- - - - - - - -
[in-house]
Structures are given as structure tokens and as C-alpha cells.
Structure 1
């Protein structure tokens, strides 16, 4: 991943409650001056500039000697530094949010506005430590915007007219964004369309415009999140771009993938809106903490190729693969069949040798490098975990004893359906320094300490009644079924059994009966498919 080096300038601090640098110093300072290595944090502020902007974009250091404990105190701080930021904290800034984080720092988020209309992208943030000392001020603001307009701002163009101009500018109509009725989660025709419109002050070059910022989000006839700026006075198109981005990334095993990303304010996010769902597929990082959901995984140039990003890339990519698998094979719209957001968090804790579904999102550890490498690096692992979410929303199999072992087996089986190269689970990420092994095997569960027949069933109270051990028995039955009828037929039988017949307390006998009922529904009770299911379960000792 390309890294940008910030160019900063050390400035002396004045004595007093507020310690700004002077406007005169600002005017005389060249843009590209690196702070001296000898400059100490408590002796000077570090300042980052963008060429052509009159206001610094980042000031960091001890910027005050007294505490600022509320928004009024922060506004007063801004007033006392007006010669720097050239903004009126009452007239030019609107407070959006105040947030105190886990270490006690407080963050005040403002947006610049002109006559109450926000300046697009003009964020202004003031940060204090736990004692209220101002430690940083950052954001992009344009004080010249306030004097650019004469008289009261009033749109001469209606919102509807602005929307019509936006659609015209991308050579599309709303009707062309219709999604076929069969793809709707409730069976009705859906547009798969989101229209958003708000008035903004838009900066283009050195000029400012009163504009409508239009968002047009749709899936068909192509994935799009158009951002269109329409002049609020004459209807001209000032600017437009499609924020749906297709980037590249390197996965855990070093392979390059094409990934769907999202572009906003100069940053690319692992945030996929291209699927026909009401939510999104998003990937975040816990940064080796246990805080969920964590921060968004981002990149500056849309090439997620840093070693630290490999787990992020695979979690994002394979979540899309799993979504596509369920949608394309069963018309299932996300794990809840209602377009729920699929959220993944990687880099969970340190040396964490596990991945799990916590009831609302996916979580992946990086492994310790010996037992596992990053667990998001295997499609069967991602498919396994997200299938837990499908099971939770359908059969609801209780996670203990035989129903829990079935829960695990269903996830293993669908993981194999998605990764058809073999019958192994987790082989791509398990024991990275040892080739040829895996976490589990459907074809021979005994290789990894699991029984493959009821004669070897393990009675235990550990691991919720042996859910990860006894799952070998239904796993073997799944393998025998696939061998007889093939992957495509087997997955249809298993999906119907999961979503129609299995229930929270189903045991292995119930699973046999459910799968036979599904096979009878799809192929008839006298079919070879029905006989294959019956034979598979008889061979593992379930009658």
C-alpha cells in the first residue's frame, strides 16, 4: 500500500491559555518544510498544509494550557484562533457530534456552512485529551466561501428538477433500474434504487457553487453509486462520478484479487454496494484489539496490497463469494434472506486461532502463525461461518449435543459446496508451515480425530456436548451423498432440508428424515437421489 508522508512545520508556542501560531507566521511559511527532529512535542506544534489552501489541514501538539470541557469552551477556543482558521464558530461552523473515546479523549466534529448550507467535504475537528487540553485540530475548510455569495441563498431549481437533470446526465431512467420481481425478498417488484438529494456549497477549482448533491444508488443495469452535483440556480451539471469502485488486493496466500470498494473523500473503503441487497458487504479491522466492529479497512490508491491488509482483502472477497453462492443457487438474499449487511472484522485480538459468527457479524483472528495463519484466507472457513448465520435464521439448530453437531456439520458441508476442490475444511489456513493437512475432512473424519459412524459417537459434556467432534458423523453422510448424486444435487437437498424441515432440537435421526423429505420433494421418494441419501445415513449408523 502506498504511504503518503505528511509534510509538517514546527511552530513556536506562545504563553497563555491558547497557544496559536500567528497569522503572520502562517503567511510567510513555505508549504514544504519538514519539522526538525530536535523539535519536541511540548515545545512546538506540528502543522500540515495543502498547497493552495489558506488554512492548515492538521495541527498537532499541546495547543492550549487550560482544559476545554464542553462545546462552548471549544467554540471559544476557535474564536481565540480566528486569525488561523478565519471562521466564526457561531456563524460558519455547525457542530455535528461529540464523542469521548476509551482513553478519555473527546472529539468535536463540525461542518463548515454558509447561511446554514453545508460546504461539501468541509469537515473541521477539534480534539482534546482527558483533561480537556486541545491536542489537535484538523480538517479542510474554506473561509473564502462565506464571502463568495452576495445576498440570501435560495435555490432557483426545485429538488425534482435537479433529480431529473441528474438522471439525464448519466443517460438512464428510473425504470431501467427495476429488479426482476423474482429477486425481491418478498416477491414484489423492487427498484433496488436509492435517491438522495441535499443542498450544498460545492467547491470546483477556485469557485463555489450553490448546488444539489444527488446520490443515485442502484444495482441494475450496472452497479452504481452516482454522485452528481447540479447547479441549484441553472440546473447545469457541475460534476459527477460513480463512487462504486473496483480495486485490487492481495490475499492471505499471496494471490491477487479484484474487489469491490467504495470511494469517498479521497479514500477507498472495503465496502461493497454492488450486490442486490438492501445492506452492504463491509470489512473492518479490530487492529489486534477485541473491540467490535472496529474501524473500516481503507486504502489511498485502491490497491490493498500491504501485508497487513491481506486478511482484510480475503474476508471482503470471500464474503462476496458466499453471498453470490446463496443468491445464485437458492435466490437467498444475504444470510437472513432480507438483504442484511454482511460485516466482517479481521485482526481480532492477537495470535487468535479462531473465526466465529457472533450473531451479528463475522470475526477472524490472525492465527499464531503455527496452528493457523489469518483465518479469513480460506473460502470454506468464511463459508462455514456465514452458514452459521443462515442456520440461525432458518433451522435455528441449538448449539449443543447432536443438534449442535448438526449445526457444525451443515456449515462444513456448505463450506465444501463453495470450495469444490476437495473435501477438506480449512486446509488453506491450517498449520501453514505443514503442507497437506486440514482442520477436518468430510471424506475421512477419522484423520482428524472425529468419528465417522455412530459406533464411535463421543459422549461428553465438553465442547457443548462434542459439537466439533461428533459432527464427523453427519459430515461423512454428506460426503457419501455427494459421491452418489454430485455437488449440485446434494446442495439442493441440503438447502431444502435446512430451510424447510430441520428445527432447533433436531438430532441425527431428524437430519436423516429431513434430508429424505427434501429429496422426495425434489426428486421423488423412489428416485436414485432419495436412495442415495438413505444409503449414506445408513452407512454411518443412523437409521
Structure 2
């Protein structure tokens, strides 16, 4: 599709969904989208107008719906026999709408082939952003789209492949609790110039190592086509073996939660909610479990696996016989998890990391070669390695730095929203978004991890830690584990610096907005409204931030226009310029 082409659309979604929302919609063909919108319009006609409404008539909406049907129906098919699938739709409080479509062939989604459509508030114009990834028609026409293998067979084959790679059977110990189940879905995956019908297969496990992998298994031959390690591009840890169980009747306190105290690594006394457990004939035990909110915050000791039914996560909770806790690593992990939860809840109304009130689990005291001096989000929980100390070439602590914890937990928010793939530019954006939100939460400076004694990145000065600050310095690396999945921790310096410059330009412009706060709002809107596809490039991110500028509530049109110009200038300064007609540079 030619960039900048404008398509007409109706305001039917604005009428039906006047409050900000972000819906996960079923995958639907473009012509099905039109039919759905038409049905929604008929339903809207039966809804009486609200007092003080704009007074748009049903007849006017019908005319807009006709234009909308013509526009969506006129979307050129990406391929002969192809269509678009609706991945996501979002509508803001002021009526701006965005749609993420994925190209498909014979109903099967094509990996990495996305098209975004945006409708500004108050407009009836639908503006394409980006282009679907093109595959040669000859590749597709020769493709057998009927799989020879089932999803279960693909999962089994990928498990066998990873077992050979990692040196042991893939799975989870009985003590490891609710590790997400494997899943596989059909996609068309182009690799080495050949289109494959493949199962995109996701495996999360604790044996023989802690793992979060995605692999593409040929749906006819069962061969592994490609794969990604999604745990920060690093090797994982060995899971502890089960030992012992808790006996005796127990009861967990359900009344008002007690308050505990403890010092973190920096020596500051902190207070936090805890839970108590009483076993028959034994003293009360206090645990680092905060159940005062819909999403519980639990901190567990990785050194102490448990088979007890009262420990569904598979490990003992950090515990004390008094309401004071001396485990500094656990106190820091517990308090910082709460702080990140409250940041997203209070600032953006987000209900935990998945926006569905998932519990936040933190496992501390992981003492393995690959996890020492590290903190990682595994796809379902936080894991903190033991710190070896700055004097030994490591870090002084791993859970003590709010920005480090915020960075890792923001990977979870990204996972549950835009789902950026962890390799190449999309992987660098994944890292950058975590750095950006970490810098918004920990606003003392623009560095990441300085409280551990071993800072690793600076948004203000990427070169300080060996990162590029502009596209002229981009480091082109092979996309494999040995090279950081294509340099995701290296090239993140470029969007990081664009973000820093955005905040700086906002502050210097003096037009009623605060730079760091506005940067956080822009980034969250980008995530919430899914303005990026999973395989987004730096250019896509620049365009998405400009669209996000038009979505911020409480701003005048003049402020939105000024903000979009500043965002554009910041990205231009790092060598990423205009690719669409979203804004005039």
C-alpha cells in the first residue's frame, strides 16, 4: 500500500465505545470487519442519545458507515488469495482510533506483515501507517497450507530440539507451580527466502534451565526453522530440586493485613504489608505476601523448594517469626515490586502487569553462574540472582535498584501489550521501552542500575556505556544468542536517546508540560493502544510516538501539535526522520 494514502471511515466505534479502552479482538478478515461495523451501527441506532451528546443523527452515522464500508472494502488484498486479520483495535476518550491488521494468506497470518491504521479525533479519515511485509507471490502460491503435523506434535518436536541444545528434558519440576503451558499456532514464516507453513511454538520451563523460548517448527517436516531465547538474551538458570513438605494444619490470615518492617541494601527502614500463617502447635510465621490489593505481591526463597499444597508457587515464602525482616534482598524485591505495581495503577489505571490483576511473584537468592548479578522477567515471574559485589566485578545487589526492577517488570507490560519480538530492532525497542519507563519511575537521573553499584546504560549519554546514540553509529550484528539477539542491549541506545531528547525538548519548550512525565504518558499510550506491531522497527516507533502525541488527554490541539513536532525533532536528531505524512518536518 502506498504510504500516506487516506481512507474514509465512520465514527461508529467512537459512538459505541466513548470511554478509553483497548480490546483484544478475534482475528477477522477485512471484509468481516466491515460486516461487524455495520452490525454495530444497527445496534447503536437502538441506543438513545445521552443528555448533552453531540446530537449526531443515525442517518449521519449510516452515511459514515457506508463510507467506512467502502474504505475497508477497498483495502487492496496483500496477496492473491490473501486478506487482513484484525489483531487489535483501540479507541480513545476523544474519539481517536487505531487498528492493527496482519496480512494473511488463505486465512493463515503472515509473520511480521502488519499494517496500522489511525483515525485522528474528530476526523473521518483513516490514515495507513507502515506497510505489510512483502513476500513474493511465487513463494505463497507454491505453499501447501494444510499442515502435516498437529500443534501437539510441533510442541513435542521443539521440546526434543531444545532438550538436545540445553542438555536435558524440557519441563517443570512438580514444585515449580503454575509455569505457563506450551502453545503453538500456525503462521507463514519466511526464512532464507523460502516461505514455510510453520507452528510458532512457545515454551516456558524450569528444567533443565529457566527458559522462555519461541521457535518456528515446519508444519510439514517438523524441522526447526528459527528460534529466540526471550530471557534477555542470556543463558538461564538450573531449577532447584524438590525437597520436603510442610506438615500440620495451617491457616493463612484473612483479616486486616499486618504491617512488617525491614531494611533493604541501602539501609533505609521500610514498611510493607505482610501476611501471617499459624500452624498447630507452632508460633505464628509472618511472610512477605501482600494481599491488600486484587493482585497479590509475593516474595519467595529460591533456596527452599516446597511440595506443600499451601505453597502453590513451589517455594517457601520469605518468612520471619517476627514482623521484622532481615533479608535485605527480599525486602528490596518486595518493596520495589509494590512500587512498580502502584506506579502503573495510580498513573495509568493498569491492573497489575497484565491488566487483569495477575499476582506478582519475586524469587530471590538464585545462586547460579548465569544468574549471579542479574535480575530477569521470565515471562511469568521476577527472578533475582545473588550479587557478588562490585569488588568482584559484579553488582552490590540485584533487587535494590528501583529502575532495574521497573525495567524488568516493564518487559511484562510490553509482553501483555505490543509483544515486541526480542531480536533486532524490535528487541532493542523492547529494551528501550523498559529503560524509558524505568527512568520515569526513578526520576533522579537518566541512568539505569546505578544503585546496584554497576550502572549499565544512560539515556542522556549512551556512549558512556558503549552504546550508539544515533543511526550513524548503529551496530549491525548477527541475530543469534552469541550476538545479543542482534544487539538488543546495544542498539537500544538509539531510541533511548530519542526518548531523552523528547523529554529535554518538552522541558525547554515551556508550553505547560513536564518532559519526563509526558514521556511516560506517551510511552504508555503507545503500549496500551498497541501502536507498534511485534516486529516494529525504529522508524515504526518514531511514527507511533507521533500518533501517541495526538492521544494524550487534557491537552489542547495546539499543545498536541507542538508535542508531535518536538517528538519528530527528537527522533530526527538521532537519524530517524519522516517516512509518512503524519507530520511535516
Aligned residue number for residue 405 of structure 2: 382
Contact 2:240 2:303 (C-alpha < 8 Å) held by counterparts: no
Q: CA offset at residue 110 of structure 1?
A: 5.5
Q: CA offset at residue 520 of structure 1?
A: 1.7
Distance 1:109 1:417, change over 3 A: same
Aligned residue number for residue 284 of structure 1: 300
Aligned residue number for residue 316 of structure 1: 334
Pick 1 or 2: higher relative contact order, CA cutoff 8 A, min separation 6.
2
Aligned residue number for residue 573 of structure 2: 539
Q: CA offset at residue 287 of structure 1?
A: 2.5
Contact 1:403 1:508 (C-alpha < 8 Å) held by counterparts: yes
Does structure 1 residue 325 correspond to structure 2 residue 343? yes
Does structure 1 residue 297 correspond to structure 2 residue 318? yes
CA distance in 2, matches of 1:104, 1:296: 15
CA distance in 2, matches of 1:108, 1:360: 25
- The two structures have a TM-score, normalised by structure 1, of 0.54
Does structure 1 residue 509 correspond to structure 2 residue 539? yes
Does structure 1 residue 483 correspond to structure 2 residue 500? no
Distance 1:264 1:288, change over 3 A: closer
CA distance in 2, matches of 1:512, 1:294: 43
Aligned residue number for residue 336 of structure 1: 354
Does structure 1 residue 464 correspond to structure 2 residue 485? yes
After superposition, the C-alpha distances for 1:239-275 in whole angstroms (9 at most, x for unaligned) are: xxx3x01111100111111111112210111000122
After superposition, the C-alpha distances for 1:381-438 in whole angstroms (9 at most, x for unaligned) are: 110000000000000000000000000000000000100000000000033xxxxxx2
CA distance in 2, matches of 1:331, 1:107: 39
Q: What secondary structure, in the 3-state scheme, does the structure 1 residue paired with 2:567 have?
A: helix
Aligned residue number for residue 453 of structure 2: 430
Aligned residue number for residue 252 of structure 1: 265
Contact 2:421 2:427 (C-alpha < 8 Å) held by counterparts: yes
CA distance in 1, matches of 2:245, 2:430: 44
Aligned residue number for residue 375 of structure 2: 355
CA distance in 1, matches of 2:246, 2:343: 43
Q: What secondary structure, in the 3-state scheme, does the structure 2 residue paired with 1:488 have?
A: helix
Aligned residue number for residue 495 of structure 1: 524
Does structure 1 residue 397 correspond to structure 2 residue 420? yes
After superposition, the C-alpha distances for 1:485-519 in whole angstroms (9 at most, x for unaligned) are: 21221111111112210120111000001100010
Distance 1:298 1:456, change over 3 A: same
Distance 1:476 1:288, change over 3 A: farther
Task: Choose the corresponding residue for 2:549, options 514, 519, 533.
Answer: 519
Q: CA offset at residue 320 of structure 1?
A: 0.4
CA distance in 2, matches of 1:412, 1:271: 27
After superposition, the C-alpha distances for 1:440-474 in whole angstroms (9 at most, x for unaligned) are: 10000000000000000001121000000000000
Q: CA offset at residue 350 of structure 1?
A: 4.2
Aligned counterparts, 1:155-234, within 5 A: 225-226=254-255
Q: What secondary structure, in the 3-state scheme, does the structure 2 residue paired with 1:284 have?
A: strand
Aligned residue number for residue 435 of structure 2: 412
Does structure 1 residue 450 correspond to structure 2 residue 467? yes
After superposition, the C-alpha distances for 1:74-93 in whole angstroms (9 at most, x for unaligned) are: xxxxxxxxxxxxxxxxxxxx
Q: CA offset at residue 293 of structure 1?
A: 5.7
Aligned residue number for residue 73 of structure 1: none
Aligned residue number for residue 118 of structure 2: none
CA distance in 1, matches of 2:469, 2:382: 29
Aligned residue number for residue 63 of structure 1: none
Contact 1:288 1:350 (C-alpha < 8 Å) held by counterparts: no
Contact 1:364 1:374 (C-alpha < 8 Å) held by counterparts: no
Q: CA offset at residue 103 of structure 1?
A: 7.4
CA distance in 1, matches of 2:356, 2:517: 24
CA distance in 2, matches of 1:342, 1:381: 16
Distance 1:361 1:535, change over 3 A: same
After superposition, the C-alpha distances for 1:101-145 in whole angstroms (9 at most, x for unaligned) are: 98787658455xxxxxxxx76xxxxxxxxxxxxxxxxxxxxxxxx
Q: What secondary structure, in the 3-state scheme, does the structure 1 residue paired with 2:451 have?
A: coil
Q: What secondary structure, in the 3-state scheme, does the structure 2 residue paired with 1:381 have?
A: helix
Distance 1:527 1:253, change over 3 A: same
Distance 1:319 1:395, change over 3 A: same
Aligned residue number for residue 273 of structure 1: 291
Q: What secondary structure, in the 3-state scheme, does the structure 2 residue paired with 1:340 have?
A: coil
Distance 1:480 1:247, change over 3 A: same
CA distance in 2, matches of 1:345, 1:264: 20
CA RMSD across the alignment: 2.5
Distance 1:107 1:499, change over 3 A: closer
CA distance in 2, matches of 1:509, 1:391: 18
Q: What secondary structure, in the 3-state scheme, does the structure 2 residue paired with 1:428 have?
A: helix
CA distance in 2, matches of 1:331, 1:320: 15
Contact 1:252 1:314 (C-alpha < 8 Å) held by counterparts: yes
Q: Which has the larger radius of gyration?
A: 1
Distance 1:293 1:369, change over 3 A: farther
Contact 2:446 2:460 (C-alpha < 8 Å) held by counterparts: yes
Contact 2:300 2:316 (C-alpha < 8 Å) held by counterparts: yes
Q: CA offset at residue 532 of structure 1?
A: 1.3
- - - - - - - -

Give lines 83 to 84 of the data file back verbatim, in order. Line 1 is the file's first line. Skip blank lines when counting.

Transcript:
Q: What secondary structure, in the 3-state scheme, does the structure 2 residue paired with 1:381 have?
A: helix